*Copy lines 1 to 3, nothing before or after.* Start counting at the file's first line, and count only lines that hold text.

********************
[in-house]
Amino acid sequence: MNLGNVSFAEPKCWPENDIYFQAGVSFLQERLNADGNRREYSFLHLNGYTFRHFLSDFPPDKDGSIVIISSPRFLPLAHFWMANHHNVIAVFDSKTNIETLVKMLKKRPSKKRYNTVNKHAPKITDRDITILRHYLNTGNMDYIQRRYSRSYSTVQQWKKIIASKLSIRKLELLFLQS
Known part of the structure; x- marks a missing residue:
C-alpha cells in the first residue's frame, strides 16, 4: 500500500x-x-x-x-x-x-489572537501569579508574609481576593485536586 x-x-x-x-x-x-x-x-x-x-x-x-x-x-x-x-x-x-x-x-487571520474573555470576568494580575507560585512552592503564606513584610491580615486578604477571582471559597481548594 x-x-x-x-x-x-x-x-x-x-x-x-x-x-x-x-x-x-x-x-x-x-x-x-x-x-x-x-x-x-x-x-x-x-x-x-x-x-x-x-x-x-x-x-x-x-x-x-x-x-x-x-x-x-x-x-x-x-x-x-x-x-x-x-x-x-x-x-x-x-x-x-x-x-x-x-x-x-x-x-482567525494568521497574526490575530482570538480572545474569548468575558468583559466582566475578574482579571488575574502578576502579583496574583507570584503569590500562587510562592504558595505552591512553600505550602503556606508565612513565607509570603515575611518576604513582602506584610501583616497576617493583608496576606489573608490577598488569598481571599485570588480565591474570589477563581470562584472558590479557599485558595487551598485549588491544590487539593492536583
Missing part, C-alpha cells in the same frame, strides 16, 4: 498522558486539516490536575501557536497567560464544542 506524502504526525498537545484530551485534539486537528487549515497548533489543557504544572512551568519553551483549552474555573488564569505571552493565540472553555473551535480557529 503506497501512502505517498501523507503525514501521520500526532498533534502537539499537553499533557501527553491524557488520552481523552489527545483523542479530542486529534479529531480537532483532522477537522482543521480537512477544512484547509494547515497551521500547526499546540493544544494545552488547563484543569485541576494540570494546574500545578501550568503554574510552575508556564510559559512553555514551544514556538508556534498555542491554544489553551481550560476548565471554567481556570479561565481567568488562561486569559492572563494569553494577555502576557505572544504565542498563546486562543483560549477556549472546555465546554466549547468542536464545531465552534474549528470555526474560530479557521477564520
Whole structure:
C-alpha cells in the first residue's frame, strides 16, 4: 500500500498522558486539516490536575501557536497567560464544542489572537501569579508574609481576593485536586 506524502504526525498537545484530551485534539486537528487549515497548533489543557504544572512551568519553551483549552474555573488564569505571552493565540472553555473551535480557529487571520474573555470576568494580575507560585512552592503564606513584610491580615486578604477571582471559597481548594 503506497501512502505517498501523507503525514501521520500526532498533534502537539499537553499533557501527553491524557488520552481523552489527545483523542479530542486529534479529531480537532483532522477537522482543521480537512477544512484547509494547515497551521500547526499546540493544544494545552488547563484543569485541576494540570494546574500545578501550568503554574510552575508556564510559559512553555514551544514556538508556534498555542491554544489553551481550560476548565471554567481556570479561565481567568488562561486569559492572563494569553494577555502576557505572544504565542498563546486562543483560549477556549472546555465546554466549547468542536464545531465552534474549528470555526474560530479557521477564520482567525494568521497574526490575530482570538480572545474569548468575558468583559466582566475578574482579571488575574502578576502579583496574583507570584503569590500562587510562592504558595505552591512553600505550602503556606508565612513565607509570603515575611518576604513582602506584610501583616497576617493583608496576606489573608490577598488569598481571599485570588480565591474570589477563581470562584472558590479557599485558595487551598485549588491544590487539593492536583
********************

[in-house]
Amino acid sequence: MNLGNVSFAEPKCWPENDIYFQAGVSFLQERLNADGNRREYSFLHLNGYTFRHFLSDFPPDKDGSIVIISSPRFLPLAHFWMANHHNVIAVFDSKTNIETLVKMLKKRPSKKRYNTVNKHAPKITDRDITILRHYLNTGNMDYIQRRYSRSYSTVQQWKKIIASKLSIRKLELLFLQS
Known part of the structure; x- marks a missing residue: